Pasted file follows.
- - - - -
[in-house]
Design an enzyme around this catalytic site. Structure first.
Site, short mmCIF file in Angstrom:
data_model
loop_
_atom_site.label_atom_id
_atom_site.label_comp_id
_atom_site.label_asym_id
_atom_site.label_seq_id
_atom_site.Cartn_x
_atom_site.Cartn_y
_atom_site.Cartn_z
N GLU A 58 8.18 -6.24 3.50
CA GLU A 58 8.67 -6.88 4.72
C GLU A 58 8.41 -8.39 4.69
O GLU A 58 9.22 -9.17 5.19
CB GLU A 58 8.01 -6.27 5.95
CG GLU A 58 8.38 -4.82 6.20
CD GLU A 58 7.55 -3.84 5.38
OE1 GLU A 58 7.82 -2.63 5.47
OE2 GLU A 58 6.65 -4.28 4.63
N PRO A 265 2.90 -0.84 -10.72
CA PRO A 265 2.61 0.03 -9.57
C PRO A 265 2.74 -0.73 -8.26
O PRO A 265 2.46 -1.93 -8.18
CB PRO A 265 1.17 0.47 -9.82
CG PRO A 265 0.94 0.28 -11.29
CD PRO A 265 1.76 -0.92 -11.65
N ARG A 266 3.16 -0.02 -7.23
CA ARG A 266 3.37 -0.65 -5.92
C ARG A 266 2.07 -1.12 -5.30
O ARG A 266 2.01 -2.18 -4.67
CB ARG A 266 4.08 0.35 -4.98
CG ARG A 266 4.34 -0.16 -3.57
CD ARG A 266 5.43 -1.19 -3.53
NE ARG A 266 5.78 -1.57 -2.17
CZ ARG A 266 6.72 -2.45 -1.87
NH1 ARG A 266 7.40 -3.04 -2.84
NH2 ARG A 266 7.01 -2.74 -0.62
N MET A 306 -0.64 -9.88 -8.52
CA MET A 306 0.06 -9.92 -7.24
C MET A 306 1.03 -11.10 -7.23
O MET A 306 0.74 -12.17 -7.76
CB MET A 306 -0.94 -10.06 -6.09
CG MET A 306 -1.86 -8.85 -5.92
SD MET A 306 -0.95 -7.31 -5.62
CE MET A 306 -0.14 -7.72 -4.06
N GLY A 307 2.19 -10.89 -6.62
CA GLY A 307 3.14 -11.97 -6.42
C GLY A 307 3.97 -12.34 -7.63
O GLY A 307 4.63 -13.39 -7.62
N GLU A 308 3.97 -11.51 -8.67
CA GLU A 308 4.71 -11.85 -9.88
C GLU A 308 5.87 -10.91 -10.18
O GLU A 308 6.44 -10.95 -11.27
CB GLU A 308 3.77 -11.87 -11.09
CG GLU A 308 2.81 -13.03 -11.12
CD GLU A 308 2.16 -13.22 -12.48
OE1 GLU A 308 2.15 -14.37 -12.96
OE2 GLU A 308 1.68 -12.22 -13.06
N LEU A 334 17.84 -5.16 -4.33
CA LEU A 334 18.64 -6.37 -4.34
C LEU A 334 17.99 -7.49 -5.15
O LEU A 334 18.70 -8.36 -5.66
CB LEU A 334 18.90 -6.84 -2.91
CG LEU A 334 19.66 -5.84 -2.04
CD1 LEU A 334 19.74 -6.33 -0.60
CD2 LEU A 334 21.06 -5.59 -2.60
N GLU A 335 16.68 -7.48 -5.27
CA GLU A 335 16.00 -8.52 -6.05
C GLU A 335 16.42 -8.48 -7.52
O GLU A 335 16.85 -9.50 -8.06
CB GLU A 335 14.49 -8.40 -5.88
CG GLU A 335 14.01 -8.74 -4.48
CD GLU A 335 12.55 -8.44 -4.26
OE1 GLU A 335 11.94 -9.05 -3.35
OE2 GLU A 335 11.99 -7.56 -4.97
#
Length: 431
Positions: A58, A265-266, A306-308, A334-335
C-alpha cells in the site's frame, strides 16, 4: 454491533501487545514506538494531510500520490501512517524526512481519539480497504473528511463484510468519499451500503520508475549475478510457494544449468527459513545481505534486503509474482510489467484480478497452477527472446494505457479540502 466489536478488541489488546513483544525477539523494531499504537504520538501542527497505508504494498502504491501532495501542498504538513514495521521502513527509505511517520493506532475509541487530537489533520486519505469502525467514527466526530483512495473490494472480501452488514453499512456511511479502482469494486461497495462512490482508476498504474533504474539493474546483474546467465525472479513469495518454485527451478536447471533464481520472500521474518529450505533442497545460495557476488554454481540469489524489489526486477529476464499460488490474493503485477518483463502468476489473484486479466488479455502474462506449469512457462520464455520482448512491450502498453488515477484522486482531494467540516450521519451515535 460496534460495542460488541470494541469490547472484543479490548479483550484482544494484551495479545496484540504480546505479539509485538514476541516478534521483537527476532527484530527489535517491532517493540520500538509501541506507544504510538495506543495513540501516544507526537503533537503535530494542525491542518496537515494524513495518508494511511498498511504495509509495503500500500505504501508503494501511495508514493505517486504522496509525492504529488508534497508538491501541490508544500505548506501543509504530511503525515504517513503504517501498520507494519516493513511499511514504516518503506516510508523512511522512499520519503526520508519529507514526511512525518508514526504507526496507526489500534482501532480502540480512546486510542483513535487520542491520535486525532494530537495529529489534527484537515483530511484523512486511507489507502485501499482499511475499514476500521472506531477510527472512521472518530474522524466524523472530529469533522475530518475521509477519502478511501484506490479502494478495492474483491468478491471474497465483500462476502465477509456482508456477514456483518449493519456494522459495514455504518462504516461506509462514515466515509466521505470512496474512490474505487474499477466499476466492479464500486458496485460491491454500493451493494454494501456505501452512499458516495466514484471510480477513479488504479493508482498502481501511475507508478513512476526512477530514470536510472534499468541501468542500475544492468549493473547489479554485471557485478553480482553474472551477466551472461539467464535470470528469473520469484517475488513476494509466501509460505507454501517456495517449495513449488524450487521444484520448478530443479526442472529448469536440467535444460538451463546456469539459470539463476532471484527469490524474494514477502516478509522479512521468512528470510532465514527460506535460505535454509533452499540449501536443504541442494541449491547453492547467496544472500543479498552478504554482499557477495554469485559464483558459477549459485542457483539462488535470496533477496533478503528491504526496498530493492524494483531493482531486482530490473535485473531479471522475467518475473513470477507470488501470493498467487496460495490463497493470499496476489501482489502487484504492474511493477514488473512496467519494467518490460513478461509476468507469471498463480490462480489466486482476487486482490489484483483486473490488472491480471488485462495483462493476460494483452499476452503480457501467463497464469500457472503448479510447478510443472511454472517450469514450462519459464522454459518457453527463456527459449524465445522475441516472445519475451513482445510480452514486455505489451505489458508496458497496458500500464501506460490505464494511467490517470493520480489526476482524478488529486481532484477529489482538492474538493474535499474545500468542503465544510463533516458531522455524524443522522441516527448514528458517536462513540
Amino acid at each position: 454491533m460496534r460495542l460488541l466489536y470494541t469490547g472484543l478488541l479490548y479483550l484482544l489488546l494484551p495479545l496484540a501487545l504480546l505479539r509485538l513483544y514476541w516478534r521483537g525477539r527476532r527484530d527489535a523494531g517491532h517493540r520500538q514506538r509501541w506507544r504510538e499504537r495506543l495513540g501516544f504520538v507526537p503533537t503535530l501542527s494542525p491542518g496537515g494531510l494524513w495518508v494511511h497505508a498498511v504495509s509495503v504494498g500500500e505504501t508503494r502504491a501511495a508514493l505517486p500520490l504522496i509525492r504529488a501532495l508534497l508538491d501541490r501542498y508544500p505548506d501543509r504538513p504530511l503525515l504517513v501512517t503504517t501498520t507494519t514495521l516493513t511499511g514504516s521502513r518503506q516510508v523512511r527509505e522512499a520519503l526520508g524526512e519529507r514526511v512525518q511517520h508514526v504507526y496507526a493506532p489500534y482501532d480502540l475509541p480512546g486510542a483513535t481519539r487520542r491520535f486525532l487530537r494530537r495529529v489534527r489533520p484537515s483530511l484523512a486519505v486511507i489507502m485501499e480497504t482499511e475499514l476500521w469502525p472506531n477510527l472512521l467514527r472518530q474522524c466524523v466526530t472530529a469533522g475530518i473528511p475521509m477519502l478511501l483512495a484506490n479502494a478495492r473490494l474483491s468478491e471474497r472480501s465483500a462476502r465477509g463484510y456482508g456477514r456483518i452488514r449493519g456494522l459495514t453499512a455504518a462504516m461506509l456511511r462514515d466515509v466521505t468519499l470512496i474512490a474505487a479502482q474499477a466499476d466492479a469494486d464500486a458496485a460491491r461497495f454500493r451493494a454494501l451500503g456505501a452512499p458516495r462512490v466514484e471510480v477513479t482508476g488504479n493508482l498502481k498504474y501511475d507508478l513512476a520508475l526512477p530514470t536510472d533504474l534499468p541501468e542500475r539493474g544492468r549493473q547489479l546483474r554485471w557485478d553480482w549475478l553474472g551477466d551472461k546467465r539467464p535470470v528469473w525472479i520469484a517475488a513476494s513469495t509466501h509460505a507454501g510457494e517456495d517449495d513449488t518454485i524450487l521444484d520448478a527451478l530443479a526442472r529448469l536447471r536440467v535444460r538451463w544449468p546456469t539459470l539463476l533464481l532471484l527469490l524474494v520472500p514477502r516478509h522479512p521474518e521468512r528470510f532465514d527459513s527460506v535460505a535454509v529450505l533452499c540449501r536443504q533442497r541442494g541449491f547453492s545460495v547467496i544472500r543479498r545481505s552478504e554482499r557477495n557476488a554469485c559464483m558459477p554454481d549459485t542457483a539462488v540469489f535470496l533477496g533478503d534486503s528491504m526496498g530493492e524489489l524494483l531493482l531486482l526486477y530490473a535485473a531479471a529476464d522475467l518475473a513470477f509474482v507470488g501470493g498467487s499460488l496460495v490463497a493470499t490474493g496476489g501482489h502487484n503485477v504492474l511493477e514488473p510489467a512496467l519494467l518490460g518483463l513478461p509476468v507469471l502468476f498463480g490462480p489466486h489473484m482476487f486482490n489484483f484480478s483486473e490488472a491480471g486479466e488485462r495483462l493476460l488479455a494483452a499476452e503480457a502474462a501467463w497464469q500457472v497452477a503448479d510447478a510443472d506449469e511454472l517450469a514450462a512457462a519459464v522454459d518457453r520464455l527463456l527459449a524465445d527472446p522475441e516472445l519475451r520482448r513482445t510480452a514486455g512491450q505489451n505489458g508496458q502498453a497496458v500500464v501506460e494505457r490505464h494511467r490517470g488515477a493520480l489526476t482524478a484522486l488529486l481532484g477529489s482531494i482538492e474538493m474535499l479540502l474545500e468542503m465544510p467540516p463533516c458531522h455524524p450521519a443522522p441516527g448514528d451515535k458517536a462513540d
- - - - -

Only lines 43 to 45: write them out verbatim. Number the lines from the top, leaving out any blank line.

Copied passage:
O MET A 306 0.74 -12.17 -7.76
CB MET A 306 -0.94 -10.06 -6.09
CG MET A 306 -1.86 -8.85 -5.92